Something to keep in mind is that an in case humidifier is somewhat static. Yes, certainly better than nothing, but I believe a bigger problem is the environment where the concertina gets played. If you think about it, when you play your concertina in a room or house that is 30% humidity or less what you are in effect doing is "kiln drying" the instrument from the inside out as you pump all that dry air through it.
I try and encourage my customers to use a small room humidifier in a dedicated playing room or area. A minimum 50% humidity is the goal. (70% or better seems to be a tipping point where unwanted things start growing... )
Concertinas apparently can gradually adapt to dryer environments and I've worked on concertinas from Arizona, California and the high plateau of Colorado which have seemed to be healthy and intact. So perhaps the most dangerous situation may be a relatively sudden "shock" to the wood of an instrument when a seasonal change occurs or a prolonged cold spell happens and central heating runs continuously and relative humidity drops drastically.
Corner support blocks which keep the reed pan in place are very vulnerable. As the bellows pan wood dries and changes shape the brittle hide glue which holds the support blocks can give way. The result is bleeding notes or loss of volume usually in a corner area of the concertina shared by the affected notes. Worst case scenario is that the pad board shrinks and suffers a crack between or through several pad holes. (Mahogany pad boards seem more prone than maple/sycamore although I've rarely seen an Edeophone with pad board cracks. 12-sided shape alleviating stress??)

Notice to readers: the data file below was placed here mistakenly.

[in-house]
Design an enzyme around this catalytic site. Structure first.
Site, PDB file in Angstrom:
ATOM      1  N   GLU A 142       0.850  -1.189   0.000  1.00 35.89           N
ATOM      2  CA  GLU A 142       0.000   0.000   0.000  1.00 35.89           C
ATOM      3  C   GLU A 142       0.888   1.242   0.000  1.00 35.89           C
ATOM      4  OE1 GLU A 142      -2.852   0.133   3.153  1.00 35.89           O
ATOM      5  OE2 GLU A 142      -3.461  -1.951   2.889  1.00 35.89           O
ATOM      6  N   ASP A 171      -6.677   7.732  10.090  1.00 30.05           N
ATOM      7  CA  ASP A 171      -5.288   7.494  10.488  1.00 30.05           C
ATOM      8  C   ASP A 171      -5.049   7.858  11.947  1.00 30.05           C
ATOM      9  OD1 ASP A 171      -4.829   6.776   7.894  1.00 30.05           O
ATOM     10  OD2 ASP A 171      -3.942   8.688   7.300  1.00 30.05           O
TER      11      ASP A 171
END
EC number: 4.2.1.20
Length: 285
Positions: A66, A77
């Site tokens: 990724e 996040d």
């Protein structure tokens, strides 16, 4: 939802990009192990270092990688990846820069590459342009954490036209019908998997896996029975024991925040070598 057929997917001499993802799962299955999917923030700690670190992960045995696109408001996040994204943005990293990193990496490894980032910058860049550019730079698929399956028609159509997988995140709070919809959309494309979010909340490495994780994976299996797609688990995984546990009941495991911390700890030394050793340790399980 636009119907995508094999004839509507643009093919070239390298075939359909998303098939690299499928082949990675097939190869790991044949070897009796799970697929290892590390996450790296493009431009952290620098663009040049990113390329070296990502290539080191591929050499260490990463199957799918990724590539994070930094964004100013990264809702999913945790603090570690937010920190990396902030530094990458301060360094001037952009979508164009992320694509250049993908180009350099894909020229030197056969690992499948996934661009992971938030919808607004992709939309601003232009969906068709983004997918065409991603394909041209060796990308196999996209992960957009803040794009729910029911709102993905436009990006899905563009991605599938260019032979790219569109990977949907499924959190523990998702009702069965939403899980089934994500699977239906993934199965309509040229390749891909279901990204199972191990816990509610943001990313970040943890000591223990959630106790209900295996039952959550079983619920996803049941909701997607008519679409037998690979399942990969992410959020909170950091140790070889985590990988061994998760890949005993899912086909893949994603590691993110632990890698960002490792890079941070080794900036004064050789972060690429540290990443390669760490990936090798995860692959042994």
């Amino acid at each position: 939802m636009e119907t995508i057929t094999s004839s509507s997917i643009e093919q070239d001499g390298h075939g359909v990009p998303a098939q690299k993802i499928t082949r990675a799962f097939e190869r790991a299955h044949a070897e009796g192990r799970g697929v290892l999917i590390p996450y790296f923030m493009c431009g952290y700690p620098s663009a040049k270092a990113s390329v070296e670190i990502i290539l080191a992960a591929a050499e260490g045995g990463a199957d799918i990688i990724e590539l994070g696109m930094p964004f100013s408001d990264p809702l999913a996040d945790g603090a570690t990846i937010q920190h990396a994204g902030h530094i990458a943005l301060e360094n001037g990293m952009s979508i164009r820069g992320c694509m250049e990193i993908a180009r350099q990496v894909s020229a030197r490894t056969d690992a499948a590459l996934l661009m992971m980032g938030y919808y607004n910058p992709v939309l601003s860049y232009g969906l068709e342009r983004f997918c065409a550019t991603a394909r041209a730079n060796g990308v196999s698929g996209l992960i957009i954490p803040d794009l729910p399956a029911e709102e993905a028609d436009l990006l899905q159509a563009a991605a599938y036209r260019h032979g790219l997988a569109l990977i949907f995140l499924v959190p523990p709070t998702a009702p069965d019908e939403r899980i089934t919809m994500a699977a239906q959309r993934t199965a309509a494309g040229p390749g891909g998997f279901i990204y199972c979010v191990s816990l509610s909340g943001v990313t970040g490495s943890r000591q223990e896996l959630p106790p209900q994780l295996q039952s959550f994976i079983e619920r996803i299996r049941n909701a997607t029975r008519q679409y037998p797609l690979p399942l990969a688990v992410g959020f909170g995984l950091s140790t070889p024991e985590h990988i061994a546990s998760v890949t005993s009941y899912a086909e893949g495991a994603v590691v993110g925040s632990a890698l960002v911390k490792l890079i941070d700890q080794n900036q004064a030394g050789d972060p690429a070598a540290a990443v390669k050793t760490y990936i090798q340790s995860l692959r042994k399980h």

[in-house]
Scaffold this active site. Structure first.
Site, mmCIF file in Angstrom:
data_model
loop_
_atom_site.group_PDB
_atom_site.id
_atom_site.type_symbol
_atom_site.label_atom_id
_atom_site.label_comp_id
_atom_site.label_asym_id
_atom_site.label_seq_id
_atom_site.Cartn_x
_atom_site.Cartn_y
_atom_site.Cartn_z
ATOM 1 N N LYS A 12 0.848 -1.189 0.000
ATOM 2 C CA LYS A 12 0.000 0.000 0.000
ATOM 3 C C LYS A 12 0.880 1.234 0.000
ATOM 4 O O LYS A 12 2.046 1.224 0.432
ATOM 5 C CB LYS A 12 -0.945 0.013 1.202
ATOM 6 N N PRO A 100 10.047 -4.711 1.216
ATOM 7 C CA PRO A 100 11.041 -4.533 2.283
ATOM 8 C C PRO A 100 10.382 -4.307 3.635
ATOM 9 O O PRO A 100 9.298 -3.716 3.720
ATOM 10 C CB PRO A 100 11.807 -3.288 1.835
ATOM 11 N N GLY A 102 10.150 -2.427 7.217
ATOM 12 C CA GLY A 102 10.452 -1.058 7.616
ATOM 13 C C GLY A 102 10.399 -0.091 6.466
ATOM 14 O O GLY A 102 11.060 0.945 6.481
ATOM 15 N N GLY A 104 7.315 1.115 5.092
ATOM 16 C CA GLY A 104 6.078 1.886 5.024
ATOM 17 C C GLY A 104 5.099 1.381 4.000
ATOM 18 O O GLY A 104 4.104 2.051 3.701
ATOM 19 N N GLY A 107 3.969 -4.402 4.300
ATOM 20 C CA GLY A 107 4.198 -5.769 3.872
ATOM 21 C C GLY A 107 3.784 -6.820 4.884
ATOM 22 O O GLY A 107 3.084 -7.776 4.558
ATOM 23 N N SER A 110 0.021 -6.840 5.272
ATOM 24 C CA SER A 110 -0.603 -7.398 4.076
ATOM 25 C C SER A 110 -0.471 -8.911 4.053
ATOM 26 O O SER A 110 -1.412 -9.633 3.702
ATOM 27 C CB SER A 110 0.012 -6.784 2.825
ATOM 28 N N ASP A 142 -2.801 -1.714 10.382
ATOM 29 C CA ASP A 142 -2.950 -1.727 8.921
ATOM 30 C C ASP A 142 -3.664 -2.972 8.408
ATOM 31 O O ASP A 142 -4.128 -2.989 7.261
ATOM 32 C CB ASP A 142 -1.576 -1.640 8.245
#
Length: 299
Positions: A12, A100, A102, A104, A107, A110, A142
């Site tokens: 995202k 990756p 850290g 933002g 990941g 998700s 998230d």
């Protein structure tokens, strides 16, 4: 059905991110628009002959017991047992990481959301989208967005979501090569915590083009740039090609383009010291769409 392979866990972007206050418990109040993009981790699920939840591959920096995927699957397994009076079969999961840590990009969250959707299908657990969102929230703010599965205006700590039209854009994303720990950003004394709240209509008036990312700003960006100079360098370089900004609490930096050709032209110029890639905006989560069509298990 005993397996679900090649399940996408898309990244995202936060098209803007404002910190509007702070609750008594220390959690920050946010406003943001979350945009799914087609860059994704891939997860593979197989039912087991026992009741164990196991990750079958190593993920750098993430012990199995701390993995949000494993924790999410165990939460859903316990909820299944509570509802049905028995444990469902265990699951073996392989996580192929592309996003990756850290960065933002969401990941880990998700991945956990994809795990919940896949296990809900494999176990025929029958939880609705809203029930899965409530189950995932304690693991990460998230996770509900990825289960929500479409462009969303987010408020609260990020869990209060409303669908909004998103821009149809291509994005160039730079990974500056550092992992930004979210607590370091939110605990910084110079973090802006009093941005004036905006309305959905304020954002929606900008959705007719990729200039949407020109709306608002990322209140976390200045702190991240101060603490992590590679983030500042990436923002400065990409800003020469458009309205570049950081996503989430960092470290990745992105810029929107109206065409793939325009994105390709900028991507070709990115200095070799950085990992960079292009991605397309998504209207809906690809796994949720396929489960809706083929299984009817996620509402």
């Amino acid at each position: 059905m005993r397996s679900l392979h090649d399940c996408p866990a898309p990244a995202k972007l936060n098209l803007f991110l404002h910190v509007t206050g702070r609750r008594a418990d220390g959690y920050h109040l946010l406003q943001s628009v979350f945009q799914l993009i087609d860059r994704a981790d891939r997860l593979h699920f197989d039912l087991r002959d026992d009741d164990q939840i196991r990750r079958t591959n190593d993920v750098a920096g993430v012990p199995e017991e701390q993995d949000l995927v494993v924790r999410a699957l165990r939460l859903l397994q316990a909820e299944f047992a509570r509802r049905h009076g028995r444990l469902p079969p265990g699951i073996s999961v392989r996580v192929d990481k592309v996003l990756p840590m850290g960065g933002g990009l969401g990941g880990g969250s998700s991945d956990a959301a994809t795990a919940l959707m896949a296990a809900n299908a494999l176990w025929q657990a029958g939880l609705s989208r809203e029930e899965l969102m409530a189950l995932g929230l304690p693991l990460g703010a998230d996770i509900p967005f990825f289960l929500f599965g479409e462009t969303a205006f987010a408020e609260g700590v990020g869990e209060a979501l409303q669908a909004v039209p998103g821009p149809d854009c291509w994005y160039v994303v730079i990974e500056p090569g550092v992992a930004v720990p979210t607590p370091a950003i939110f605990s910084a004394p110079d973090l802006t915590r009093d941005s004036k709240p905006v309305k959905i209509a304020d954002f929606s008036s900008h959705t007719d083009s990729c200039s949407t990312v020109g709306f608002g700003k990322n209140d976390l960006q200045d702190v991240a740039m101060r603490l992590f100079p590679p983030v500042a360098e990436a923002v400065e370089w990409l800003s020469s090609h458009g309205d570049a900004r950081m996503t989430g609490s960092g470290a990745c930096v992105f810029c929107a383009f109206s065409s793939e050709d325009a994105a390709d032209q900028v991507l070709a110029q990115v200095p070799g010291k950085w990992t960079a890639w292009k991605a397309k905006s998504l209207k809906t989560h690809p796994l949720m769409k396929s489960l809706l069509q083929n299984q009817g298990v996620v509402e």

So I'd advise not only using an in case humidifier but paying attention to your home playing environment. Around my house October is when I start the humidification of the project room and workshop so that I stay in front of the winter heating drying curve.
As an illustrative aside I still remember playing a little banjo with a skin head on the University of Florida campus commons one winter's day. Too much humidity is often the problem in Florida and I was always tightening the rim brackets to keep the skin head of the banjo from sagging. On this rare day a Canadian system had rushed in bringing exceptionally clear, blue skies along with a sudden drop in humidity. I was enjoying the rare dry weather and no doubt trying to impress some coeds with my banjo prowess when a distressing "rrriiipping" noise came from my lap. I quickly determined the sound was not from a failure of pants bottom integrity but sadly the tearing of my banjo head. The sudden drop in humidity had self tightened my banjo head beyond its breaking point!
My winter mantra: Humidify. Humidify. Humidify.
Edited by Greg Jowaisas, 30 March 2017 - 09:20 AM.